Wednesday, May 26, 2010
Strong Leadership for MCFD #1 / Part 201 / For Love and For Justice / Zabeth and Paul Bayne/
The importance of Good Leadership in British Columbia's Ministry of Children and Family Development - Part 1 of 2
Organizations that are managed by regulatory frameworks like MCFD don’t work well without strong leadership. Does the MCFD have strong leadership? Most will say, yes of course. “Strong” should not be understood exclusively in terms of training, experience, authority and decision making power. We have a deputy minister, and regional directors who are strong in that fundamental sense. “Strong” must be defined with significantly different qualities as well in order to make an organization framed like the MCFD to become a stellar performer. For this, 'strong' becomes synonymous with 'good'.
I have led a national organization with distinct provincial district entities and I know about governance and structure, cooperation and outcomes. I have heard social workers speaking about reform to MCFD and decrying present practices and leadership.
Good organizational leadership will not ignore or minimize the importance of staff beliefs and values or they risk implementation problems. How are we doing? Strong/good leadership is eager to hear and act upon staff opinions and suggestions. If staff realize their views do not matter, then implementation becomes lethargic; at worst, staff undermines or sabotages the policy or program. A strong/good leader has the ability to motivate others and to inspire confidence. How are we doing?
Strong leaders acquire influence by telling the truth, by exhibiting passion, by fostering idealism and by affording opportunities for action. Strong leaders are good leaders. Truth-telling can serve as a wake up call to everyone in the MCFD. I'm not saying leaders are untruthful .... Just follow this logic. Up and down the chain of command, truth telling is a barometer of the organization's health. How healthy is the MCFD right now? Passion is the raw energy of leadership and without passion it is impossible to overcome challenging obstacles. A certain passion exists in the Deputy Minister's office to affect the transformation goals she envisions. I have no information one way or another to determine whether similar passion can be found in the regional offices. Further, when speaking of passion it is critical to note that idealism keeps this passion pure. Without idealism, passion can focus on wrong priorities or objectives and become destructive. Misplaced objectives are self protection, covering tails after questionable decisions, winning court cases at any cost. Good leaders not only act but they also motivate others to act. Good leaders are not out exclusively to develop a laudable reputation for themselves as charismatic leaders without whom the organization fails. Rather, good leaders encourage and motivate others to take initiative because that freedom energizes the organization.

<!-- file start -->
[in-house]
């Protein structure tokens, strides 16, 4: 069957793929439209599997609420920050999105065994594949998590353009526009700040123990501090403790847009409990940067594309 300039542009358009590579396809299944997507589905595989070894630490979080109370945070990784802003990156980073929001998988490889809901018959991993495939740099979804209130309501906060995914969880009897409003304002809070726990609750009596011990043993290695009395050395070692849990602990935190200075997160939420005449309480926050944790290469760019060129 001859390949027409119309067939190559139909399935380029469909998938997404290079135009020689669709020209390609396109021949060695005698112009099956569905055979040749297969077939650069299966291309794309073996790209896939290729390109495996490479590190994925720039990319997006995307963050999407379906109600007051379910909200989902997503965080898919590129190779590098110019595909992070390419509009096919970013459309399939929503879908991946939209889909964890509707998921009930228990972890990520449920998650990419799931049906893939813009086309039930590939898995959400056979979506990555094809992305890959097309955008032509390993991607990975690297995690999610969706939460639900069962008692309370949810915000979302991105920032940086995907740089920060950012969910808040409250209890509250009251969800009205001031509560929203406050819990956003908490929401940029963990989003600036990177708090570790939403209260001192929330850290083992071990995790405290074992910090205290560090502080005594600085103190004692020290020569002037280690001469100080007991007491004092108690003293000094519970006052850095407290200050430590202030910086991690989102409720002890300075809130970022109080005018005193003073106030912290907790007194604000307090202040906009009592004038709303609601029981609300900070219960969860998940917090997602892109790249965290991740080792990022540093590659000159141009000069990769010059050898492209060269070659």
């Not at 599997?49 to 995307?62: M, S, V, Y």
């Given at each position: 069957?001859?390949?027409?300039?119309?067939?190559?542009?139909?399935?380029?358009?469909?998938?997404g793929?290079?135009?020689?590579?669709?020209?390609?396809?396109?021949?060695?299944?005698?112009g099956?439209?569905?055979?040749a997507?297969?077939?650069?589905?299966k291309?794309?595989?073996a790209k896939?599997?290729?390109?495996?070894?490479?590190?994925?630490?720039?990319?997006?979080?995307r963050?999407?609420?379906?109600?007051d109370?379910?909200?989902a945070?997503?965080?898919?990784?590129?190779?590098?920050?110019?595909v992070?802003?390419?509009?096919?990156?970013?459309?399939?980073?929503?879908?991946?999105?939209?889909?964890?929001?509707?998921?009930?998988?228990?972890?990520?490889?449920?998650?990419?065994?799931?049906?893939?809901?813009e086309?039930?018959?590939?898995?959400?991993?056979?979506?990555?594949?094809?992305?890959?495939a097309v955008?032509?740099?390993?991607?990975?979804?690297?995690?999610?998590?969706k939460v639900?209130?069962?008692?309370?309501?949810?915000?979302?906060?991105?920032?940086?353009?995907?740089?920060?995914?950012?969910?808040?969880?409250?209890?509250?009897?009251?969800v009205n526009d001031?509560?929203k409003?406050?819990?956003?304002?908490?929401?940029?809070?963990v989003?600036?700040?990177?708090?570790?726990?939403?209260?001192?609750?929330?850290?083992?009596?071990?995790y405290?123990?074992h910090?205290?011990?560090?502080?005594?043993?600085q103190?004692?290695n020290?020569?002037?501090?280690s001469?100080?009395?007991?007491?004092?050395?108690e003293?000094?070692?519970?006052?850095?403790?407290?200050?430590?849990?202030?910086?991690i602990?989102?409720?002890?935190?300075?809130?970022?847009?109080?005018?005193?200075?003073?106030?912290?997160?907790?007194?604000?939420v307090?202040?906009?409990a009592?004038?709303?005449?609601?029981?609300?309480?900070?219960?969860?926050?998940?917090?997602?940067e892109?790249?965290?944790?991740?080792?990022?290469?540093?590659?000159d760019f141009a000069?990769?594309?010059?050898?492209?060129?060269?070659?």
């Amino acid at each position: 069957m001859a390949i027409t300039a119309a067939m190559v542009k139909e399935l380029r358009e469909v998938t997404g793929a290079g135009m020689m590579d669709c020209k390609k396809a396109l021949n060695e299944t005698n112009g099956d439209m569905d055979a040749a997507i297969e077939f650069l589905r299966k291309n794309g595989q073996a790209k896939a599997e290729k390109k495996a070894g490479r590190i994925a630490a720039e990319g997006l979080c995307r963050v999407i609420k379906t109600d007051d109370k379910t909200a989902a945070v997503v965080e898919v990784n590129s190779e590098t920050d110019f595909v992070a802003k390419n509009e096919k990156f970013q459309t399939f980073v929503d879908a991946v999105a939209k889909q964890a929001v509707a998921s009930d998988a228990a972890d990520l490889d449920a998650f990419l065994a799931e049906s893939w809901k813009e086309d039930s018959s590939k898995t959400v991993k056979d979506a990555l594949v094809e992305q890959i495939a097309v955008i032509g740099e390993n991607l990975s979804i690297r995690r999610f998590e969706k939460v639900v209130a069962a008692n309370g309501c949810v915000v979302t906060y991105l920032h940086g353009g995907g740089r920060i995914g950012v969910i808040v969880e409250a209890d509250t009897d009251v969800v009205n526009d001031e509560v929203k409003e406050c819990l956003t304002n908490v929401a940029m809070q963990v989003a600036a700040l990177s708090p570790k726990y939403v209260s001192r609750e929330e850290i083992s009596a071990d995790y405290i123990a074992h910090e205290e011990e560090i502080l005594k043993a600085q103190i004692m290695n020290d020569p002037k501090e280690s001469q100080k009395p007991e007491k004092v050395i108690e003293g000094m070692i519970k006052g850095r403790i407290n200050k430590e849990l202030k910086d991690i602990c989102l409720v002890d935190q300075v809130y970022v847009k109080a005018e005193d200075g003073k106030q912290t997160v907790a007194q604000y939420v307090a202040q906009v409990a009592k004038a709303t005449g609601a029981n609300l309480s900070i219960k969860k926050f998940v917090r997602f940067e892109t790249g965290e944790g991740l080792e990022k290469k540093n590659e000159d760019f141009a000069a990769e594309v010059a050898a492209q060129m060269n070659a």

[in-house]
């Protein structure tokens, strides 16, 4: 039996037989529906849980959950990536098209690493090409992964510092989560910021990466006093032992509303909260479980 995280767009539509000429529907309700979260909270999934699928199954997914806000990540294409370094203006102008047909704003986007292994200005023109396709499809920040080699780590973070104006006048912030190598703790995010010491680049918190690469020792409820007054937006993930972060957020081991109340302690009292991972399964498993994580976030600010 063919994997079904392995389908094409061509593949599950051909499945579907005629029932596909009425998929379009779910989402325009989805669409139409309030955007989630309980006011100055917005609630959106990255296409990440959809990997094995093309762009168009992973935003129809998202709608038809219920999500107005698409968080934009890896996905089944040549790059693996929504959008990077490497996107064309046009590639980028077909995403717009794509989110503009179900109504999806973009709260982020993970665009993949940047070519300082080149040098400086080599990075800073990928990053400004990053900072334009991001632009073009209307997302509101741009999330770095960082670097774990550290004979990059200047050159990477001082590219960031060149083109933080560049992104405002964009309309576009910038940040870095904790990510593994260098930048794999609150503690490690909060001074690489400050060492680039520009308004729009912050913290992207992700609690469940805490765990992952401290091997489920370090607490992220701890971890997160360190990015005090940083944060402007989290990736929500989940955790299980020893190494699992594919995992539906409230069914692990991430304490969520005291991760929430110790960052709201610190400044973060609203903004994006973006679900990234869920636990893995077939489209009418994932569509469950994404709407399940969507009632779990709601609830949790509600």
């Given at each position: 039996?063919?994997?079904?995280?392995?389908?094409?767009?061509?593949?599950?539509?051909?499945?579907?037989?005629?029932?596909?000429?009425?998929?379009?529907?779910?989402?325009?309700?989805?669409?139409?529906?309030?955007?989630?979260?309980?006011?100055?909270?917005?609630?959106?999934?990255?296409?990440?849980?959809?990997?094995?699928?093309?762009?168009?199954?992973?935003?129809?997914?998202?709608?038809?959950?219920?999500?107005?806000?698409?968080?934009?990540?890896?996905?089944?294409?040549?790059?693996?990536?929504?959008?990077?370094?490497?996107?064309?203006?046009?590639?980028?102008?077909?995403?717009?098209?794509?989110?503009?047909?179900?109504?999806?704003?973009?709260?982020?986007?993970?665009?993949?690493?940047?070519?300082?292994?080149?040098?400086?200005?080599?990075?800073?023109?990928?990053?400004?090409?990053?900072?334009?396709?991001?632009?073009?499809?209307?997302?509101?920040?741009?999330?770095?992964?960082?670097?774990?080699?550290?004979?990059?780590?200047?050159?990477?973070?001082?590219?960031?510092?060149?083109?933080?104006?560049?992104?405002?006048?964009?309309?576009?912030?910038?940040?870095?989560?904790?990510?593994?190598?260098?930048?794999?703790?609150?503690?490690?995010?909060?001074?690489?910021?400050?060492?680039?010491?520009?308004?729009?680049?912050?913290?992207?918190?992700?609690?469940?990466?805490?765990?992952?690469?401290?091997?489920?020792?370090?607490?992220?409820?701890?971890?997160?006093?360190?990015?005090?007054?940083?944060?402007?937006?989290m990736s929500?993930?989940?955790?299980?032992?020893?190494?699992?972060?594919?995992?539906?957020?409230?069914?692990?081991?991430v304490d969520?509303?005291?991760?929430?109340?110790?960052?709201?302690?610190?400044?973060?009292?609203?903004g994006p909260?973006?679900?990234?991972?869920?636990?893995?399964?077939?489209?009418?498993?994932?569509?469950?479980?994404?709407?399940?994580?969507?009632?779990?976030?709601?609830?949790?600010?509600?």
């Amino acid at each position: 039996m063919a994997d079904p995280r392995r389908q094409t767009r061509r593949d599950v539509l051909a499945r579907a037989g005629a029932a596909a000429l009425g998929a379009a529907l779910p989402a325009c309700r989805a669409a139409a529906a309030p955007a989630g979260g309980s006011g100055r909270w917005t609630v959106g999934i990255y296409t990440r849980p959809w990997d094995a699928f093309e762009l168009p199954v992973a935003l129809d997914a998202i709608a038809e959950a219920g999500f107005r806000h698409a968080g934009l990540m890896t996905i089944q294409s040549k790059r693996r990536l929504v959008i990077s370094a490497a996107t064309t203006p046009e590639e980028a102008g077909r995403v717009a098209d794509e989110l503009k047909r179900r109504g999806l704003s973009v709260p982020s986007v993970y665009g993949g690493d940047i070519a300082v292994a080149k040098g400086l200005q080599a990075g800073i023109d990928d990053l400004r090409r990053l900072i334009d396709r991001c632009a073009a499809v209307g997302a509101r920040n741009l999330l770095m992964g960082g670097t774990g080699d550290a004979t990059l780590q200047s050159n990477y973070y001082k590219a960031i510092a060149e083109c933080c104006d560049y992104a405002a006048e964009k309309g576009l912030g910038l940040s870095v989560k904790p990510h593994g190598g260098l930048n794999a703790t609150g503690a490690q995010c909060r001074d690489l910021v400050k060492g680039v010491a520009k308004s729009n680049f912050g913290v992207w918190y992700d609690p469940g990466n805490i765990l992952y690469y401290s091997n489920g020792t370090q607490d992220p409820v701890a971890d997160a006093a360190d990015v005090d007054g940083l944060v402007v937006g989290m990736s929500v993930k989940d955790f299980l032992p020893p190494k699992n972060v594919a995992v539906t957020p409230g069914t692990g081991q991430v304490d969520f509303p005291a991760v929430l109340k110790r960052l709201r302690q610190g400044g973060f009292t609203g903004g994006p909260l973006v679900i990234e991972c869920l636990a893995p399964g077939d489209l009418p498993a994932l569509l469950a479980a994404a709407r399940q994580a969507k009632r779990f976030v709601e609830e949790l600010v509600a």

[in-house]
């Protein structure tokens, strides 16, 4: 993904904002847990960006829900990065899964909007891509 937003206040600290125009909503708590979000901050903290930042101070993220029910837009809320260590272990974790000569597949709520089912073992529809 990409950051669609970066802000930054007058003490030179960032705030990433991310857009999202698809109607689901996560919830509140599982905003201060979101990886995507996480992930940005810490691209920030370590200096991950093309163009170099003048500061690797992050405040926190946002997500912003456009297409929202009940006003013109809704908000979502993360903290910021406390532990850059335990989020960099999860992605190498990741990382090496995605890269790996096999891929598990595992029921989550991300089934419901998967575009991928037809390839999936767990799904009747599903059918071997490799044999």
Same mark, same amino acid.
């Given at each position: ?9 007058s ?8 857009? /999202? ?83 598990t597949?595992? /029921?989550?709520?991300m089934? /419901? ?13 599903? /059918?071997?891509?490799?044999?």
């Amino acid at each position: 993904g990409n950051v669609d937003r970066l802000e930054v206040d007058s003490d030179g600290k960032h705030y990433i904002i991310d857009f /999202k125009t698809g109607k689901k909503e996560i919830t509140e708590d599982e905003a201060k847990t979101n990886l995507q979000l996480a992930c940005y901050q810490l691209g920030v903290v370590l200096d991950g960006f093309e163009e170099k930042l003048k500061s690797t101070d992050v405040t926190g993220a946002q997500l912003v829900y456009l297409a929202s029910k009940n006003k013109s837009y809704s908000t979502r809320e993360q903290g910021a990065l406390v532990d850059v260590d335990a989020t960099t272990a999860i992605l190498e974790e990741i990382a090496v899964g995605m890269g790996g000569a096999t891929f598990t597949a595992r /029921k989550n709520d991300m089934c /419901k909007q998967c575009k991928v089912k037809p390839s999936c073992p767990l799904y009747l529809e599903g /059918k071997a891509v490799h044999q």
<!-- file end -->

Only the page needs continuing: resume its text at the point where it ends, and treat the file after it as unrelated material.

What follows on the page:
Such energy leads to creativity that is free. It is in house. Essential and invaluable creative energy could be gained within MCFD internal community collaborations and in unit or office cohesion groups. But it is so hard within a regulatory (restrictive) framework to grow a learning organization. If top management will endorse them rather than punish them, empowered groups will produce creativity and a culture of learning and professional development themselves. Social workers want to be effective in their work and satisfied that they have genuinely helped children, parents and families. Learning organizations make a consistent effort to become better at achieving their mission, and 'better' will be good for all of us.